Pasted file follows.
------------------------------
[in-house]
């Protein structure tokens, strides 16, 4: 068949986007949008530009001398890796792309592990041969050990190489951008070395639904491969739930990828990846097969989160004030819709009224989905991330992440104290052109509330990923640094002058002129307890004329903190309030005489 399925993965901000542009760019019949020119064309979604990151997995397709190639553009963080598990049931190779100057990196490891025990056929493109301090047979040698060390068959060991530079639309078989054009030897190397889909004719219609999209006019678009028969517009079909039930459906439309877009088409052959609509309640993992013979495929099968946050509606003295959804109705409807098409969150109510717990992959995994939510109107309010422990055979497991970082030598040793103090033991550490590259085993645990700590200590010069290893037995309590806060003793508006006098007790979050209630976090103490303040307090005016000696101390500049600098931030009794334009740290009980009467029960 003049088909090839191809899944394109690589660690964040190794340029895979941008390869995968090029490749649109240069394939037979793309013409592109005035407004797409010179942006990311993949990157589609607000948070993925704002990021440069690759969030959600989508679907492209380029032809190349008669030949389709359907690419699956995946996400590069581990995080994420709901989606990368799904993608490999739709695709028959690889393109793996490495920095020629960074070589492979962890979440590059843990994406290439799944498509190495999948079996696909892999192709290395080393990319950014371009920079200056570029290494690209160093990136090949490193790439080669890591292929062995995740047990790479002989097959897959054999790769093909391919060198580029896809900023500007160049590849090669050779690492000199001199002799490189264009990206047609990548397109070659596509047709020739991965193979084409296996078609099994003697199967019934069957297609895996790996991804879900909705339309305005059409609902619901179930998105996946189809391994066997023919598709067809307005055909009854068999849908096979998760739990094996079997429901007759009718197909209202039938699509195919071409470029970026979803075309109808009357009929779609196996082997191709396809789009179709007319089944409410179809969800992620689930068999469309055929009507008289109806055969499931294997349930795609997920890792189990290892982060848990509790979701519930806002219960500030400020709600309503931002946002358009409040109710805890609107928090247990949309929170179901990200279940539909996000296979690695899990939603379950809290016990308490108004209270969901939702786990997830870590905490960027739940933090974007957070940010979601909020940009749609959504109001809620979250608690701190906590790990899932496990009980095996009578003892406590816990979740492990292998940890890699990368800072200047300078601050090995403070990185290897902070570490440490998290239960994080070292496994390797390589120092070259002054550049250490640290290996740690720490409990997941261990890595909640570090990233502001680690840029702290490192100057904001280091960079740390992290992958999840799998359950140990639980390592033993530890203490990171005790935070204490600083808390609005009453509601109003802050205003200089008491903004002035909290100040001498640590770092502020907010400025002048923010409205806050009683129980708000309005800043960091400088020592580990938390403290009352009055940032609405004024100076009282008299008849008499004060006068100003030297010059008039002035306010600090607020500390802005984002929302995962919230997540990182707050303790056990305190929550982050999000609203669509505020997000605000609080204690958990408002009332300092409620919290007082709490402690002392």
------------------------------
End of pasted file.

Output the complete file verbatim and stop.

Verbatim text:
[in-house]
């Protein structure tokens, strides 16, 4: 068949986007949008530009001398890796792309592990041969050990190489951008070395639904491969739930990828990846097969989160004030819709009224989905991330992440104290052109509330990923640094002058002129307890004329903190309030005489 399925993965901000542009760019019949020119064309979604990151997995397709190639553009963080598990049931190779100057990196490891025990056929493109301090047979040698060390068959060991530079639309078989054009030897190397889909004719219609999209006019678009028969517009079909039930459906439309877009088409052959609509309640993992013979495929099968946050509606003295959804109705409807098409969150109510717990992959995994939510109107309010422990055979497991970082030598040793103090033991550490590259085993645990700590200590010069290893037995309590806060003793508006006098007790979050209630976090103490303040307090005016000696101390500049600098931030009794334009740290009980009467029960 003049088909090839191809899944394109690589660690964040190794340029895979941008390869995968090029490749649109240069394939037979793309013409592109005035407004797409010179942006990311993949990157589609607000948070993925704002990021440069690759969030959600989508679907492209380029032809190349008669030949389709359907690419699956995946996400590069581990995080994420709901989606990368799904993608490999739709695709028959690889393109793996490495920095020629960074070589492979962890979440590059843990994406290439799944498509190495999948079996696909892999192709290395080393990319950014371009920079200056570029290494690209160093990136090949490193790439080669890591292929062995995740047990790479002989097959897959054999790769093909391919060198580029896809900023500007160049590849090669050779690492000199001199002799490189264009990206047609990548397109070659596509047709020739991965193979084409296996078609099994003697199967019934069957297609895996790996991804879900909705339309305005059409609902619901179930998105996946189809391994066997023919598709067809307005055909009854068999849908096979998760739990094996079997429901007759009718197909209202039938699509195919071409470029970026979803075309109808009357009929779609196996082997191709396809789009179709007319089944409410179809969800992620689930068999469309055929009507008289109806055969499931294997349930795609997920890792189990290892982060848990509790979701519930806002219960500030400020709600309503931002946002358009409040109710805890609107928090247990949309929170179901990200279940539909996000296979690695899990939603379950809290016990308490108004209270969901939702786990997830870590905490960027739940933090974007957070940010979601909020940009749609959504109001809620979250608690701190906590790990899932496990009980095996009578003892406590816990979740492990292998940890890699990368800072200047300078601050090995403070990185290897902070570490440490998290239960994080070292496994390797390589120092070259002054550049250490640290290996740690720490409990997941261990890595909640570090990233502001680690840029702290490192100057904001280091960079740390992290992958999840799998359950140990639980390592033993530890203490990171005790935070204490600083808390609005009453509601109003802050205003200089008491903004002035909290100040001498640590770092502020907010400025002048923010409205806050009683129980708000309005800043960091400088020592580990938390403290009352009055940032609405004024100076009282008299008849008499004060006068100003030297010059008039002035306010600090607020500390802005984002929302995962919230997540990182707050303790056990305190929550982050999000609203669509505020997000605000609080204690958990408002009332300092409620919290007082709490402690002392």